Fix The National Guard Bandwidth Gap

By | April 1, 2007 | Government, Via Satellite

The National Guard Empowerment Act of 2007 was introduced in both the House and Senate (S 430 & HR 718) at the end of January.

There are several important provisions to this legislation, including the fact that it seeks to give the National Guard Bureau (NGB) the ability to identify and validate equipment needs essential to Guard missions.

Certainly the Guard needs new aircraft, trucks, weapons and other essential items, but the time is right to add something completely new to the roster of Guard equipment and services: access to free broadband service for all personnel provided by commercial-off-the-shelf satellite broadband systems.

Despite the NGB’s growing emphasis on distance learning and despite the emphasis on more intensive training for homeland security-related missions in particular, I am left to wonder if the Guard’s pool of available domestic bandwidth is adequate. In other words, does the Guard need help in this regard?

This writer’s response is definitely yes, and it all stems from a very brief exchange that took place after I gave the opening speech to a crowd of about 150 attendees at an event sponsored by the U.S. Department of Agriculture Rural Development, among others, in Bangor, Maine, in fall 2006. The event focused on how rural Maine might go about expanding access to broadband services, and I was there as the author of a multi-part series on this topic.

I tried to maintain my broadband platform neutrality — for 5 minutes or so — before launching into pro-satellite overdrive. The audience appreciated my enthusiasm, and asked many questions.  However, the Guard members in attendance sat quietly in the back row.

I approached them after the event, and the Guard personnel gave a me a puzzled look when I told them I wish everyone had access to all the bandwidth and broadband tools that they must have access to.

The looks on their faces made it clear that I had gone way wide of the mark with this comment and that Guard bandwidth is not at all abundant.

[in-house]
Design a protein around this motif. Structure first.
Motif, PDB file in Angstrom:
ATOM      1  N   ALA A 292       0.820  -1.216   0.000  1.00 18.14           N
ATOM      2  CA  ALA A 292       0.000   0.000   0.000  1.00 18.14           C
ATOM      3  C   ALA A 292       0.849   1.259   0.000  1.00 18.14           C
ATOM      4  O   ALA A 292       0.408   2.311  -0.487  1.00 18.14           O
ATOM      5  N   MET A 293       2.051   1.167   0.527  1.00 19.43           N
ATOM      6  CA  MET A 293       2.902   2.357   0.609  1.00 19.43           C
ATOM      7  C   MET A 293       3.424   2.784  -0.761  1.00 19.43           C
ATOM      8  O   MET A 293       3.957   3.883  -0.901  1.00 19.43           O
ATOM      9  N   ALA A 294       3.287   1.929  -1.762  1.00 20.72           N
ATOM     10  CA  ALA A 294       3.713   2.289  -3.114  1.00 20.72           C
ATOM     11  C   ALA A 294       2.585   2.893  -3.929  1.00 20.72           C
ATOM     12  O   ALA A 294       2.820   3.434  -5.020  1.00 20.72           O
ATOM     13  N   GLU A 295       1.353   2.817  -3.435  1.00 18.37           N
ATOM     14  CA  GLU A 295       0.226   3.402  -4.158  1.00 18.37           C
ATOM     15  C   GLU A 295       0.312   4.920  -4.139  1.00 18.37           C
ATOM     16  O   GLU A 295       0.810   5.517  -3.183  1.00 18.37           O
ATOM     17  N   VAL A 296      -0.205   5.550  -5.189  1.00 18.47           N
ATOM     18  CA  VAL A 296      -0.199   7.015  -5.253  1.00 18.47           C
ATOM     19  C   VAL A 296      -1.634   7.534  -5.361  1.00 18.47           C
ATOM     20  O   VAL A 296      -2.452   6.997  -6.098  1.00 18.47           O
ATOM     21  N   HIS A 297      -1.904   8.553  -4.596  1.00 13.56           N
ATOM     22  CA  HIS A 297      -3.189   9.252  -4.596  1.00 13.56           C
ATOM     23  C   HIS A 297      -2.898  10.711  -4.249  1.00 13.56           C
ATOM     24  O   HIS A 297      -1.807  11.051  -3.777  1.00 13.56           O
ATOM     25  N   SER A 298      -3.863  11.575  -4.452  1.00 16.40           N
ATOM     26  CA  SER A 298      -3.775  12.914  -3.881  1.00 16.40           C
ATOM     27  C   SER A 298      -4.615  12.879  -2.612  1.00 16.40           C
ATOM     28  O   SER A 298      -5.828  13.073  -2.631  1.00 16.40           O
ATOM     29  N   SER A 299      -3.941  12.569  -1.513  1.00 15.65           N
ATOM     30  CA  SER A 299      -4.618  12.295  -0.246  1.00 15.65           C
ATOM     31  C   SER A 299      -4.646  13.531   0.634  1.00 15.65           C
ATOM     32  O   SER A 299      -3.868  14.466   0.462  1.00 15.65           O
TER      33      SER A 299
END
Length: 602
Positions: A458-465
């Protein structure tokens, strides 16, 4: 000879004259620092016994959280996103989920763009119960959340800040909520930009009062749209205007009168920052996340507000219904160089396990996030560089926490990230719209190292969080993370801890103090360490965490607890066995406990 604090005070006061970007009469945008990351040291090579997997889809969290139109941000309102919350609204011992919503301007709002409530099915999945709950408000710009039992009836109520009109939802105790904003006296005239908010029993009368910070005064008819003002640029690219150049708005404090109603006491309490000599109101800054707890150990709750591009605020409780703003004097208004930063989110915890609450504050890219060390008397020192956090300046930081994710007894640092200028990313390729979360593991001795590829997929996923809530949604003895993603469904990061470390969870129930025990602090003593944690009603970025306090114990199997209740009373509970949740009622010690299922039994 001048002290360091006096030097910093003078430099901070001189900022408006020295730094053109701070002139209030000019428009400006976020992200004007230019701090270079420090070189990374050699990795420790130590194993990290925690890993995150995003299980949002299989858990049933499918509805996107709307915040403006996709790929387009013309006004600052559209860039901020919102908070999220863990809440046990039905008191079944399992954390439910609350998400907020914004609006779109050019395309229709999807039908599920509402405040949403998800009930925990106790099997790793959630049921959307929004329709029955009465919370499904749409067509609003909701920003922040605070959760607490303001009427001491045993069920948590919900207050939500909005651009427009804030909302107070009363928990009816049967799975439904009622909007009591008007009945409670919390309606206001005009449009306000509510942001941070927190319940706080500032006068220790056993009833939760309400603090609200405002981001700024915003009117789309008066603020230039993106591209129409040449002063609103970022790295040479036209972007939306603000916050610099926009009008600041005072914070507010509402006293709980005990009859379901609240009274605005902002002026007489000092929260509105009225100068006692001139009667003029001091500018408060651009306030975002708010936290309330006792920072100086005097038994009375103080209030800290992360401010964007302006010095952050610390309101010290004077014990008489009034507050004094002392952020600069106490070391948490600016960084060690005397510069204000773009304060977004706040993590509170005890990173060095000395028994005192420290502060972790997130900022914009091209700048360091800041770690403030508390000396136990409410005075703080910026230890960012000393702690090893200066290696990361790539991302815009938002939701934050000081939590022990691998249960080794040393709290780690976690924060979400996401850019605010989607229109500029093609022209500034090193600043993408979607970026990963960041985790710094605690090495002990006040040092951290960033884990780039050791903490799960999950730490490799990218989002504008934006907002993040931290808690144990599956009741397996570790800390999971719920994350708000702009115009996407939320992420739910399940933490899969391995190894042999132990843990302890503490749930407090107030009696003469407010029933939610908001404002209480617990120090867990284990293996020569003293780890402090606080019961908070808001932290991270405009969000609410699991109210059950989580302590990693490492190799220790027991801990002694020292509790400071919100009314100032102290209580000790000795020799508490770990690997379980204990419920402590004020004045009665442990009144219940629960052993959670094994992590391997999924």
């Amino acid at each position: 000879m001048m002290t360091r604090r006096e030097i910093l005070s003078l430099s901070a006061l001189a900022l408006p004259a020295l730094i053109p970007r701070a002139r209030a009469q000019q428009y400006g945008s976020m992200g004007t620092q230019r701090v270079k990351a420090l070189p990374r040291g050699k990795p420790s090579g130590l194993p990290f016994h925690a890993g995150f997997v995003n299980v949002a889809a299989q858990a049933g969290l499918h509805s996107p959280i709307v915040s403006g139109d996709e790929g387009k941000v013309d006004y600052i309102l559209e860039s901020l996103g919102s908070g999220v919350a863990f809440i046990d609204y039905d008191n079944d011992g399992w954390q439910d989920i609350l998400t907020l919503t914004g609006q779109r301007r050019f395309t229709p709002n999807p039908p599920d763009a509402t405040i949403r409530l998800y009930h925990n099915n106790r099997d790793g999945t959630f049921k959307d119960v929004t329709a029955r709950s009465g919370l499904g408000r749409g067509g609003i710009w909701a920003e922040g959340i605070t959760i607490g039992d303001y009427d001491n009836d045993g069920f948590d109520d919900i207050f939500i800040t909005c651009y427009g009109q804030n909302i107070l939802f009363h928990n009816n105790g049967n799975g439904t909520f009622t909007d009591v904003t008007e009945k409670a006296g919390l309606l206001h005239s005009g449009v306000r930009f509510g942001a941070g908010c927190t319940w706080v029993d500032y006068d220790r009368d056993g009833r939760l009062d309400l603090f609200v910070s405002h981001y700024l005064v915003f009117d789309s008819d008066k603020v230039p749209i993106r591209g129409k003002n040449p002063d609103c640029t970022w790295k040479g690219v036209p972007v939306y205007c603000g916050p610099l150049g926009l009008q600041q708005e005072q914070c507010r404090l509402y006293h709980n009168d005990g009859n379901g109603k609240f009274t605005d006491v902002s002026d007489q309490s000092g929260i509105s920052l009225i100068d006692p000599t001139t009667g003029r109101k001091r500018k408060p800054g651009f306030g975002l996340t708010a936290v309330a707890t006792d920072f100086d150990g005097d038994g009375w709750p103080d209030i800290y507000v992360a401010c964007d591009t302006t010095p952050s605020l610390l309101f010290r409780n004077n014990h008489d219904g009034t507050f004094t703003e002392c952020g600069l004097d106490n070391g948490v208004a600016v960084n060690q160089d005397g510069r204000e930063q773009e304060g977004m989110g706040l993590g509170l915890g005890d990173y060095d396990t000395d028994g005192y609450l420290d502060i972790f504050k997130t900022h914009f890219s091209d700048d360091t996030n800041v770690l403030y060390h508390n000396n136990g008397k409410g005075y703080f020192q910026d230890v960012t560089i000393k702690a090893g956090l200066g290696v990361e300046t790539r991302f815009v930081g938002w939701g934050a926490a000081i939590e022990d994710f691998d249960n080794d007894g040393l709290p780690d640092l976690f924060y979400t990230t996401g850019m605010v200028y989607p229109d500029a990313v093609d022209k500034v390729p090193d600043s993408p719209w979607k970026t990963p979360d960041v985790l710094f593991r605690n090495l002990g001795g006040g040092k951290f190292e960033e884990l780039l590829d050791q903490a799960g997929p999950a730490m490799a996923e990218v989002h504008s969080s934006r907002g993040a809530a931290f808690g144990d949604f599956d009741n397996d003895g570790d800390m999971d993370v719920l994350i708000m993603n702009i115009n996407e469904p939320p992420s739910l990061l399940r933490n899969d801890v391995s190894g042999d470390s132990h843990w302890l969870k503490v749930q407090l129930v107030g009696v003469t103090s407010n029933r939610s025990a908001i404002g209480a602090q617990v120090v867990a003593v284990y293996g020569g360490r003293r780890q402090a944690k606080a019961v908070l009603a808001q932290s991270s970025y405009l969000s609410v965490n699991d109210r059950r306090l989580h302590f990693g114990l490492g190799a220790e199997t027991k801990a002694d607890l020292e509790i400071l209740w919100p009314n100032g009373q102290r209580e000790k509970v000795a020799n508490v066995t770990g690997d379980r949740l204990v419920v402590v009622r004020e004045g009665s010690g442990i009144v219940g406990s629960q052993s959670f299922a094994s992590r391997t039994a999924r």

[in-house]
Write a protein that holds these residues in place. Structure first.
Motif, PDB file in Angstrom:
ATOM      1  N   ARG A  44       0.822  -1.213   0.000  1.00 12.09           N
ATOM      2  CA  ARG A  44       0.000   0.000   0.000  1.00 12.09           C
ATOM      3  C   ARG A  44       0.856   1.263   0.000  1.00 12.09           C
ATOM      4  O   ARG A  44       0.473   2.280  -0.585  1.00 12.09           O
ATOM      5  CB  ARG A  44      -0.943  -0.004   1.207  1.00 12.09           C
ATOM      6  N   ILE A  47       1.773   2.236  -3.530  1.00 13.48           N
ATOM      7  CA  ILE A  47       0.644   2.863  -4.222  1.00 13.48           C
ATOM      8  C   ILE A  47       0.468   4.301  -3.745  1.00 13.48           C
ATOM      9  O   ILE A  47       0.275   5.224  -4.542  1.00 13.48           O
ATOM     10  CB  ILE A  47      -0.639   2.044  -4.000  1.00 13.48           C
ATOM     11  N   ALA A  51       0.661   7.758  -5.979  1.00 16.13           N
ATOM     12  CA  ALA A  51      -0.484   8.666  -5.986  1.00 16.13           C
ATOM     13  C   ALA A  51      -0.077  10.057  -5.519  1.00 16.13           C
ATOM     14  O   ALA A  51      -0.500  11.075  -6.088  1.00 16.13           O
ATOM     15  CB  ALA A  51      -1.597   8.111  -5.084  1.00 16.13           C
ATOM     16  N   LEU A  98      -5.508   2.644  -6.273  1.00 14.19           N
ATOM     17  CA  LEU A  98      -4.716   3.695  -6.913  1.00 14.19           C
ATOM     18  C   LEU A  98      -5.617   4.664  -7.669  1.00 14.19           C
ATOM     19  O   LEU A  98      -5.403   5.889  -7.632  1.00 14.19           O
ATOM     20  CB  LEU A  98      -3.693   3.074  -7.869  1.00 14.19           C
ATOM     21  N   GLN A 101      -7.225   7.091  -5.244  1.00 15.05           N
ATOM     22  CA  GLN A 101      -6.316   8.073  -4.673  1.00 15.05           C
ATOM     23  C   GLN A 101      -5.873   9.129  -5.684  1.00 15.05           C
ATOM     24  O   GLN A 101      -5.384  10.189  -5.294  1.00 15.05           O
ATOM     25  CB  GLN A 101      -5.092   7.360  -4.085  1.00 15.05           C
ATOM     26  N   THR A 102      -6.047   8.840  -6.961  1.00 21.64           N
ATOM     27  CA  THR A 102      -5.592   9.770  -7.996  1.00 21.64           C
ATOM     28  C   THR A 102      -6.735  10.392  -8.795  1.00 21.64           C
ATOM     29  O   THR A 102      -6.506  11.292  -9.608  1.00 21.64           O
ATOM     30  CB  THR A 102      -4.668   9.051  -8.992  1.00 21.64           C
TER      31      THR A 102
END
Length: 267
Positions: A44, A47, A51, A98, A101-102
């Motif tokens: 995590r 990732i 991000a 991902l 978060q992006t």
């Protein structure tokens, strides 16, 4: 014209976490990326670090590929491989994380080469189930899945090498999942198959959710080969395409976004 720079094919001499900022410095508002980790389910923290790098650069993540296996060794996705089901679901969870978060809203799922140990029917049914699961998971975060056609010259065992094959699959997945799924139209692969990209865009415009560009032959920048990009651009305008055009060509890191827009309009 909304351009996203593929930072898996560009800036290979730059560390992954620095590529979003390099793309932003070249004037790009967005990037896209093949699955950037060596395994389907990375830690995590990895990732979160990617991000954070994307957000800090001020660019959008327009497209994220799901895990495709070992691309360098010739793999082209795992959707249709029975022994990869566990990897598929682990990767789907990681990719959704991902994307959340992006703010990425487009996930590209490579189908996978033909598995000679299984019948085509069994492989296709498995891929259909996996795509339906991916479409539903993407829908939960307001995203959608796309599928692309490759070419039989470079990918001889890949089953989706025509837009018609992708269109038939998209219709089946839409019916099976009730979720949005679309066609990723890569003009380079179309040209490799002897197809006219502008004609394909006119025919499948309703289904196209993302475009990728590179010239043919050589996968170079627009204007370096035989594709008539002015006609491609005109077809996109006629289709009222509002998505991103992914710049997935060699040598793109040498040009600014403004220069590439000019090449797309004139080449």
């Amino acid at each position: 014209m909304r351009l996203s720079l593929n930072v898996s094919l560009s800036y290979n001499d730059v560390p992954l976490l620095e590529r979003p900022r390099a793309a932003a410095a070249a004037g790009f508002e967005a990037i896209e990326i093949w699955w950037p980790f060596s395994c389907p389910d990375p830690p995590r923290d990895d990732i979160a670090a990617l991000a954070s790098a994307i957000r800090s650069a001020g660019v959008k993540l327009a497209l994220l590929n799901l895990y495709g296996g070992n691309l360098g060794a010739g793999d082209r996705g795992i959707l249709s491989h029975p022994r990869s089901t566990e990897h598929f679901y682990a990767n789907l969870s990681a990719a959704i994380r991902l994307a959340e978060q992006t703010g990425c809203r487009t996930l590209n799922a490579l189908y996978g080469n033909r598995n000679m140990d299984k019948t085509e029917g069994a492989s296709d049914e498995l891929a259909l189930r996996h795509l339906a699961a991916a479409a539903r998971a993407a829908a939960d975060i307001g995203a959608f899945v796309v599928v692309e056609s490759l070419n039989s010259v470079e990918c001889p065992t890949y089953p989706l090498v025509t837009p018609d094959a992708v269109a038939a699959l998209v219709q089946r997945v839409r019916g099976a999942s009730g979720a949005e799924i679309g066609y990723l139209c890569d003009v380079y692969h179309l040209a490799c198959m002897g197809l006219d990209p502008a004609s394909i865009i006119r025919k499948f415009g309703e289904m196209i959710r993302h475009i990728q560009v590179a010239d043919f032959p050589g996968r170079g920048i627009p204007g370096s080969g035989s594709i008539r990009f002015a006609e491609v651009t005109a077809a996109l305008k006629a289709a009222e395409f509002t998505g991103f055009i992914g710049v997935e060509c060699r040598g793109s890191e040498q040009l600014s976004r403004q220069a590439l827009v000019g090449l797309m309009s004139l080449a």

So it is time to start thinking about amending or augmenting the National Guard Empowerment Act as scores of Guard troops — in rural states in particular — most likely face an unwelcome obstacle in the form of insufficient broadband resources, wireless or otherwise.

This gap impacts training and readiness and degrades the ability of the Guard to respond effectively to crises at home and abroad.

Why not give members of the Guard free broadband equipment and service as an incentive? Talk about killing two birds with one stone. If the top priority would be to serve the purpose of enhancing distance learning and mission-specific training at home, well, that alone is a valid reason indeed.

The National Guard Empowerment Act of 2007 could send a strong message down the line that the United States is ready and able to support Guard troops in every way. While many troops might have access to telco DSL, terrestrial wireless and cable broadband service providers, thousands probably do not.

These are the people who would benefit the most from a free satellite broadband system, and the deployment of an NGB broadband solution to the homes of all personnel could propel the Guard’s entire training regimen to the next level as well.
The Senate’s National Guard Caucus in particular needs to send a message to the American public that the Guard’s training requirements and skills upgrading cannot go short-changed, and that training cannot go forward on a status quo basis. There is simply too much at stake.

In this light, access to free broadband is a sound policy. The National Guard Empowerment Act must transform domestic preparedness, and this cannot be accomplished absent suitable online training tools which Guard personnel can access at home at no charge. 

This is not intended as a budget-busting recommendation, and through a combination of tax incentives and other measures, broadband service providers could be easily enlisted to make this a reality in short order.

If the Guard really has to evolve into a 21st Century organization, it needs 21st Century tools. And broadband systems of all types and descriptions including satellite broadband systems fit the bill.

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